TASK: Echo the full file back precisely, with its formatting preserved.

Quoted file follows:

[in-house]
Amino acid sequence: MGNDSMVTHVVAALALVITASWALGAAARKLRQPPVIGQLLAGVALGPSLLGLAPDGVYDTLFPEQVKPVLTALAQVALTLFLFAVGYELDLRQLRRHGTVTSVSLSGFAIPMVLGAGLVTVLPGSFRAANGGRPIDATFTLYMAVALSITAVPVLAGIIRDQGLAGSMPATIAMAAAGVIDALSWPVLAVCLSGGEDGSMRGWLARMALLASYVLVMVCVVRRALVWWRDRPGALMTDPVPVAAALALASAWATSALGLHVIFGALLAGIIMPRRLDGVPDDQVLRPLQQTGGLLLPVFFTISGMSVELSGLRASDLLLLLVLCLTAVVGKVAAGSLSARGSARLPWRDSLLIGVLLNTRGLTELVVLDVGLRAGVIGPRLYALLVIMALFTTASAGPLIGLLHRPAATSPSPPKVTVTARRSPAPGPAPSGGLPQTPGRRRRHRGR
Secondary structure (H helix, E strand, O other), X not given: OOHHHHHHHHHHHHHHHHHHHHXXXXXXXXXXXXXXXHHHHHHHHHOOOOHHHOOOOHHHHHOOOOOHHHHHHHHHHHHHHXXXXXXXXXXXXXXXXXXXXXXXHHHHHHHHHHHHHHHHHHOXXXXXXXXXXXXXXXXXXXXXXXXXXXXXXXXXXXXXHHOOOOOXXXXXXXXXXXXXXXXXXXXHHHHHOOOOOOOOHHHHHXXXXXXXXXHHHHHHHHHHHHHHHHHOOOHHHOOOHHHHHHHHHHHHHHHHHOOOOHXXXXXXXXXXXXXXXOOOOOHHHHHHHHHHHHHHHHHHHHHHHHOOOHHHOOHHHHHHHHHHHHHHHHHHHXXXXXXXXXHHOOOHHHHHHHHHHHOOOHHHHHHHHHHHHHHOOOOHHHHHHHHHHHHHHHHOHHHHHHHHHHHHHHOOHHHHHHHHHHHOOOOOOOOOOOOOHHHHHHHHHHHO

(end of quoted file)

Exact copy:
[in-house]
Amino acid sequence: MGNDSMVTHVVAALALVITASWALGAAARKLRQPPVIGQLLAGVALGPSLLGLAPDGVYDTLFPEQVKPVLTALAQVALTLFLFAVGYELDLRQLRRHGTVTSVSLSGFAIPMVLGAGLVTVLPGSFRAANGGRPIDATFTLYMAVALSITAVPVLAGIIRDQGLAGSMPATIAMAAAGVIDALSWPVLAVCLSGGEDGSMRGWLARMALLASYVLVMVCVVRRALVWWRDRPGALMTDPVPVAAALALASAWATSALGLHVIFGALLAGIIMPRRLDGVPDDQVLRPLQQTGGLLLPVFFTISGMSVELSGLRASDLLLLLVLCLTAVVGKVAAGSLSARGSARLPWRDSLLIGVLLNTRGLTELVVLDVGLRAGVIGPRLYALLVIMALFTTASAGPLIGLLHRPAATSPSPPKVTVTARRSPAPGPAPSGGLPQTPGRRRRHRGR
Secondary structure (H helix, E strand, O other), X not given: OOHHHHHHHHHHHHHHHHHHHHXXXXXXXXXXXXXXXHHHHHHHHHOOOOHHHOOOOHHHHHOOOOOHHHHHHHHHHHHHHXXXXXXXXXXXXXXXXXXXXXXXHHHHHHHHHHHHHHHHHHOXXXXXXXXXXXXXXXXXXXXXXXXXXXXXXXXXXXXXHHOOOOOXXXXXXXXXXXXXXXXXXXXHHHHHOOOOOOOOHHHHHXXXXXXXXXHHHHHHHHHHHHHHHHHOOOHHHOOOHHHHHHHHHHHHHHHHHOOOOHXXXXXXXXXXXXXXXOOOOOHHHHHHHHHHHHHHHHHHHHHHHHOOOHHHOOHHHHHHHHHHHHHHHHHHHXXXXXXXXXHHOOOHHHHHHHHHHHOOOHHHHHHHHHHHHHHOOOOHHHHHHHHHHHHHHHHOHHHHHHHHHHHHHHOOHHHHHHHHHHHOOOOOOOOOOOOOHHHHHHHHHHHO